The early episodes were on CBS action last month and they are of higher quality than many of the later shows, with more attention paid to ensemble character development. If you watch the Rand episodes in order, there is a fair amount of development going on but I think the mistake was bringing too much of her and Kirk to the fore too quickly and not giving her anything significant to do beyond that role. Her presence as the sociable female lead would have given Sulu and Uhura more chance to develop and she was also meant to be friends with Mr Spock. You can see lots of ways the character could have been used but you can also see, given how sexist TV was in the sixties and the way they moved to less emphasis on the supporting cast why, alongside other issues such as budget, a drinking problem, and a disgruntled executive her situation led where it did.

    The ongoing IDW comic has gone the other way - placing Rand in the role of a security guard but totally overlooking the fact that she's a yeoman and giving her any admin duties that place her in Kirk's vicinity as his assistant where she might contribute in other ways. I've always thought the character was a gold mine. She was the everyman who could ask dumb questions to help out the audience unfamiliar with sci fi concepts, she could be the damsel in distress or if treated like a starfleet officer (although given Troi's treatment that would not have happened until after 1995) she could have saved the day. I've always found it strange that writers have never really treated the character with any respect. I'm going to rehabilitate the character into the 21st century if it kills me!
     
  16. Harvey

    Harvey Admiral Admiral

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    The answer to that is in Whitney's memoir, which (unfortunately) I don't have on hand to quote from. My copy is in another state.
     
  17. Marsden

    Marsden Commodore Commodore

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    Thank you, Harvey.

    I see it now, I was worried he was involved somehow and I'm happy he wasn't.
     
  18. not

    not Lieutenant Commander Red Shirt

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    Google "The Full Body Project" and you get a view of Leonard Nimoy's compassionate nature.

    I read an artist’s photography blog that Nimoy commented on (or was it another art) and he was encouraging to the artist –(of course, she had no clue who he was) but it led me to look at is pictures and read his photographic intent. I can see he only wants women to feel good about themselves.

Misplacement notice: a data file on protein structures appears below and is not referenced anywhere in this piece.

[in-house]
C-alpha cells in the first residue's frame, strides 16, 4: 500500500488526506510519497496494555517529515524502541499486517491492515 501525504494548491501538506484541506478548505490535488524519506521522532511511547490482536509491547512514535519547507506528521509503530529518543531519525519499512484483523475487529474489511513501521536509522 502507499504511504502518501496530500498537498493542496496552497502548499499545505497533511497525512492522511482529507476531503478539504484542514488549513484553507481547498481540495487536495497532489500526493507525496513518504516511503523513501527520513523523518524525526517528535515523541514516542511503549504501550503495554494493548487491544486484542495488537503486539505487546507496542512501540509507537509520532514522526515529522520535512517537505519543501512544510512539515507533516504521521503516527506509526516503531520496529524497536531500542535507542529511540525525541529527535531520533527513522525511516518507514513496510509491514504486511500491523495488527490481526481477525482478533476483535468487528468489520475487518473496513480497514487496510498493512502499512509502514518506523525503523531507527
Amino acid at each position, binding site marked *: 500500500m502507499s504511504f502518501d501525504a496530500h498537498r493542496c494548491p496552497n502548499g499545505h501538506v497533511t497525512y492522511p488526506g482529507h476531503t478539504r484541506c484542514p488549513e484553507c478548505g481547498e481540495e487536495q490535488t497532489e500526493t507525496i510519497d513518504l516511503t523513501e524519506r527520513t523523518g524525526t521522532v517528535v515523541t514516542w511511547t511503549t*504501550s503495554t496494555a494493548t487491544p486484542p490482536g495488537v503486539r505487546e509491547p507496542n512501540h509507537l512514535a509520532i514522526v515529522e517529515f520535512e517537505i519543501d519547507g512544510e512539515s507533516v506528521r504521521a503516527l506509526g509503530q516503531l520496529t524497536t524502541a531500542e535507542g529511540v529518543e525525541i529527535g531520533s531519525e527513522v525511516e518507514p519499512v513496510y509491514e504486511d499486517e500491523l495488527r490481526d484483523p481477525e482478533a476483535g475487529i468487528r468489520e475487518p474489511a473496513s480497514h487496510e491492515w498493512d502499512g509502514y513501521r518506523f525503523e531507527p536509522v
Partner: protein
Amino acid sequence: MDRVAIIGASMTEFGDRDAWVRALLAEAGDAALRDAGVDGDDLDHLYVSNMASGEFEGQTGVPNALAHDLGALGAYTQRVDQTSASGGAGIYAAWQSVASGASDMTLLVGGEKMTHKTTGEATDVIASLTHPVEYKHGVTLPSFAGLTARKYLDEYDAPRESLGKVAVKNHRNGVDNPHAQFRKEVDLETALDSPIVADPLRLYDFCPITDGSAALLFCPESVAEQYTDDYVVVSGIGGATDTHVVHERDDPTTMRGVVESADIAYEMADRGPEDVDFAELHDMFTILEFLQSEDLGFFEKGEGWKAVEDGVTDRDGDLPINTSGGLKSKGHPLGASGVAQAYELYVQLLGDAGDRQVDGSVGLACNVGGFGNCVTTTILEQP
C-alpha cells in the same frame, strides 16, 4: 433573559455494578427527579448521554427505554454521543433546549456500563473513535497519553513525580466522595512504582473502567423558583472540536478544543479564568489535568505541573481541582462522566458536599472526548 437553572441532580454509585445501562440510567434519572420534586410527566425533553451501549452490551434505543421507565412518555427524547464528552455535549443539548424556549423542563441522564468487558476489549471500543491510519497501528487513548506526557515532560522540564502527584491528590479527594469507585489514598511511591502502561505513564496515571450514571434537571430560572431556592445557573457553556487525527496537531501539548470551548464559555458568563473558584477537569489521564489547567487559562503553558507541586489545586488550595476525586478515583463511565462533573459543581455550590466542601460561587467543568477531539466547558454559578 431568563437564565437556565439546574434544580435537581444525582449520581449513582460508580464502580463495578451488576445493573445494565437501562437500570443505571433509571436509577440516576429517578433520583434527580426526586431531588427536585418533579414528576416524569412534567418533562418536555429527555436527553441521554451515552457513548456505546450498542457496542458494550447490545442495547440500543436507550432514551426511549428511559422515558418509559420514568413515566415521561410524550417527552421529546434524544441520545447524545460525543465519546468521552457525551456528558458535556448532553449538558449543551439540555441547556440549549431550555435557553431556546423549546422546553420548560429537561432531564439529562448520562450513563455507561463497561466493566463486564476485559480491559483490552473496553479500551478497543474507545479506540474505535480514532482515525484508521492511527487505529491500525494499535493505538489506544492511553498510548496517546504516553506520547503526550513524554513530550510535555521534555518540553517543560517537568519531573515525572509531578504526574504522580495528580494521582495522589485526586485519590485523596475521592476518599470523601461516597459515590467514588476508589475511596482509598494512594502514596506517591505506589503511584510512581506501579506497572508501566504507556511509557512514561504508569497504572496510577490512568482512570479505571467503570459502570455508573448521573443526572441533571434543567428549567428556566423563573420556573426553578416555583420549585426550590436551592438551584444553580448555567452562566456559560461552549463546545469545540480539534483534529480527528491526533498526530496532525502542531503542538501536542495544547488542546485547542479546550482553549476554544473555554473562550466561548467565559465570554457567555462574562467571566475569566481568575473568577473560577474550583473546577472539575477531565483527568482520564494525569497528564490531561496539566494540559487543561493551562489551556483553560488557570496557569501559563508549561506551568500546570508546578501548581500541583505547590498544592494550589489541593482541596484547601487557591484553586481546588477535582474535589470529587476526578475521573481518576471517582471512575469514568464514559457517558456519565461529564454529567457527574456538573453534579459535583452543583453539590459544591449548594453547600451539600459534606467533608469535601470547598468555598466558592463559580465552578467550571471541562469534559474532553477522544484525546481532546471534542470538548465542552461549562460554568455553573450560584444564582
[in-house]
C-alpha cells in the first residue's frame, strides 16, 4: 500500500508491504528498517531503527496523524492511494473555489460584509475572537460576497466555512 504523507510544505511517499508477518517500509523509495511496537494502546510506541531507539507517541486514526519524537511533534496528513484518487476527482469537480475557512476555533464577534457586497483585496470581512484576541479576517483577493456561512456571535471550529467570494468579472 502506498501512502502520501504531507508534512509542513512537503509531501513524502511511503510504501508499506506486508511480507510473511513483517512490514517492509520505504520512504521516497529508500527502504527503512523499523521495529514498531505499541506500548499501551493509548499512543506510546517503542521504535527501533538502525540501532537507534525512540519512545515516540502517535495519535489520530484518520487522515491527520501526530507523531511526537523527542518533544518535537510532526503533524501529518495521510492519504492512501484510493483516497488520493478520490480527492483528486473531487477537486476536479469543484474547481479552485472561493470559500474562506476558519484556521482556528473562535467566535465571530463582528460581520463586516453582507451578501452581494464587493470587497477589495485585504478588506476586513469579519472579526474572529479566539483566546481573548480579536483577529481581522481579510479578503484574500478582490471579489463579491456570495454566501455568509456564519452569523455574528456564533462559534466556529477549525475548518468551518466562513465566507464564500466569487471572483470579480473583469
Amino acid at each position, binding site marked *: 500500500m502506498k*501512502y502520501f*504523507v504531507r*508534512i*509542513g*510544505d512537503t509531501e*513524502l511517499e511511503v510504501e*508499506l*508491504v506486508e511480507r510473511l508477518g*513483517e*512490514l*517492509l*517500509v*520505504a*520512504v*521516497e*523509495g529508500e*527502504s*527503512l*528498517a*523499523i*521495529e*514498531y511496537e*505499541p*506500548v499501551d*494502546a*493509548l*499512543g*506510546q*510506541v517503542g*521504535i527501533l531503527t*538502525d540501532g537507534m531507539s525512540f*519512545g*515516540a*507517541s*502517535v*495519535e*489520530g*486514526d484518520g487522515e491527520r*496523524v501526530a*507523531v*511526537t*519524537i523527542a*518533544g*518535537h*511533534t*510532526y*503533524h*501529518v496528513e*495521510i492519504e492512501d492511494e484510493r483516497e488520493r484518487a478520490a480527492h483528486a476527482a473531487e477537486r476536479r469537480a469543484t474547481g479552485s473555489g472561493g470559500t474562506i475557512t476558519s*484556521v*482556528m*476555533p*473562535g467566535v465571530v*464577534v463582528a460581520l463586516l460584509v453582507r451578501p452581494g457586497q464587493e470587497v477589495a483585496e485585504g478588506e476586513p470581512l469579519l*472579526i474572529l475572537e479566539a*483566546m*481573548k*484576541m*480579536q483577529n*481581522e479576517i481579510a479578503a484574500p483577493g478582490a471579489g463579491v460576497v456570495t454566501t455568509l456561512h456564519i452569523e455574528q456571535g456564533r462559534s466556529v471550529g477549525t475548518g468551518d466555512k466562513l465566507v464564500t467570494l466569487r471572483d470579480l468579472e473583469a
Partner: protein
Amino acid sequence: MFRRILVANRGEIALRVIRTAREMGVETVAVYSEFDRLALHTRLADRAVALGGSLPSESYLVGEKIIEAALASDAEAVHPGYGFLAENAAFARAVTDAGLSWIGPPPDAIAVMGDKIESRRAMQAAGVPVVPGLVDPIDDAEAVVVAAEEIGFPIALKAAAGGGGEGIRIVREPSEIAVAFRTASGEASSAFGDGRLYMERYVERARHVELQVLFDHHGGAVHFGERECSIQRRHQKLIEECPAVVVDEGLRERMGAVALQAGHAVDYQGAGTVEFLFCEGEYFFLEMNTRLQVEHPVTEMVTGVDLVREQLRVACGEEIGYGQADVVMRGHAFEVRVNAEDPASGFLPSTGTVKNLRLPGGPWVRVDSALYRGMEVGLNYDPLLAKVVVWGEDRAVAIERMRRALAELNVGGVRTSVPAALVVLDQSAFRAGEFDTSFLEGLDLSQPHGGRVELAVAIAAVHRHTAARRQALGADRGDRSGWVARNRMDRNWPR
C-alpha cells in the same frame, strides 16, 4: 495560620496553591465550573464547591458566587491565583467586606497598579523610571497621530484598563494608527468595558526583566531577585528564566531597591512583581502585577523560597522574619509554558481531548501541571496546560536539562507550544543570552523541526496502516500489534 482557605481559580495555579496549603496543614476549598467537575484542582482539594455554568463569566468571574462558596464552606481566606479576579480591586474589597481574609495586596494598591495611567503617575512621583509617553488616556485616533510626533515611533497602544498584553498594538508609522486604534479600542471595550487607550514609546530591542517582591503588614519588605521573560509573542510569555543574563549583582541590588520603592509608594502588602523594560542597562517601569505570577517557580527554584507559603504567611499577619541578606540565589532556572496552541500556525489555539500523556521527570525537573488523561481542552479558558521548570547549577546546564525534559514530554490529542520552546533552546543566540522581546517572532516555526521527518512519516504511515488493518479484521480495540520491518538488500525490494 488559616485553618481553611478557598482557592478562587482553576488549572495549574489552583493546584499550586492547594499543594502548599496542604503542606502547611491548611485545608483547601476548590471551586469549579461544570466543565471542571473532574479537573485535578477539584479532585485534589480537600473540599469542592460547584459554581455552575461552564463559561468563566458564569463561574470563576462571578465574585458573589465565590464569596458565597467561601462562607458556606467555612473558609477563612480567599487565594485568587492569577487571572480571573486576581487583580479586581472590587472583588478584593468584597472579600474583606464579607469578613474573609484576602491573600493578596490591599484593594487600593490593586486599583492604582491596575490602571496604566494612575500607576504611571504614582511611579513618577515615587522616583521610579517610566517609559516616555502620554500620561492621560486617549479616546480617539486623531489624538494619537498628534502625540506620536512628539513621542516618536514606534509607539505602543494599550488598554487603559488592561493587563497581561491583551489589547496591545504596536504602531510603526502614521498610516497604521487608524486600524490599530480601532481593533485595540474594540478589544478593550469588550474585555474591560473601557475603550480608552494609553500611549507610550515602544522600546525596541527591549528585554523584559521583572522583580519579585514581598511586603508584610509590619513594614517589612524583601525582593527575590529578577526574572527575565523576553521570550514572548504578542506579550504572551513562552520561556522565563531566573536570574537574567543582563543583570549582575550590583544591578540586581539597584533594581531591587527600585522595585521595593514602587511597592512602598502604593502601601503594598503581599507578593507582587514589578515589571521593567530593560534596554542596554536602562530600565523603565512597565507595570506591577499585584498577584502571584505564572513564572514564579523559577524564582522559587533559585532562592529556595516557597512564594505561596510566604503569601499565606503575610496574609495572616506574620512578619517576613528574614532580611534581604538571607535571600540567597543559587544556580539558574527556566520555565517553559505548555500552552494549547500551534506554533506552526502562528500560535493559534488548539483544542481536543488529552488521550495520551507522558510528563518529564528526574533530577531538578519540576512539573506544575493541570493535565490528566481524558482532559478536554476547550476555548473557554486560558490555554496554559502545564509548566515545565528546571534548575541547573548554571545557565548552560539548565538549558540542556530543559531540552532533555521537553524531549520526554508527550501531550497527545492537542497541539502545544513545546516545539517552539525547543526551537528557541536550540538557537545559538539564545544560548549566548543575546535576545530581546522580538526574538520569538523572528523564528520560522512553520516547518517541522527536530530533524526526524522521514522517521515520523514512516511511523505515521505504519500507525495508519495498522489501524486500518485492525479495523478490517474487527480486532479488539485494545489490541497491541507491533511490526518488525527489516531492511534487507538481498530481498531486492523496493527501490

I can’t help speculate if Leonard Nimoy's art is atonement for guilt; did he give advice to Grace Lee Whitney that in retrospect haunts him?
     
  19. not

    not Lieutenant Commander Red Shirt

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    Networks were subject to Broadcast Standards and Practices and I've come to realize the "rape" aspect was just the writer's attempt to appease and avoid censorship of an interracial relationship. After all, these popular characters were not going against 60's societal norms, they were being forced against their own wills


    Ergo, the "rape" responsibility was never theirs but their mind controllers
     
  20. Danger Ace

    Danger Ace Commander Red Shirt

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    I stated that in my post. I said Kirk was just as much a victim as Uhura thereby placing the full responsibility on the Platonions.

    And in skirting Standards & Practices those in-charge undermined their own efforts. "Free will" is everything in something like this and without it you cannot claim any social victory. Did african-americans sit at home and view that scene as a sign of social progress? Did african-american women? Did women in general? Whose cause was forwarded by that? It sure wasn't any civil-rights victory.

    The meaning attached to the Kirk-Uhura kiss was always and will always be a sad grab for PR and contrived relevance. Which is shame because of all the other real contributions it gave us.

    I mean: Uhura's presence was a positive for millions, no-doubt about that. As was George Takei's appearances. TOS championed a lot of progressive ideas, but let us be honest about it so as not to diminish them is my point.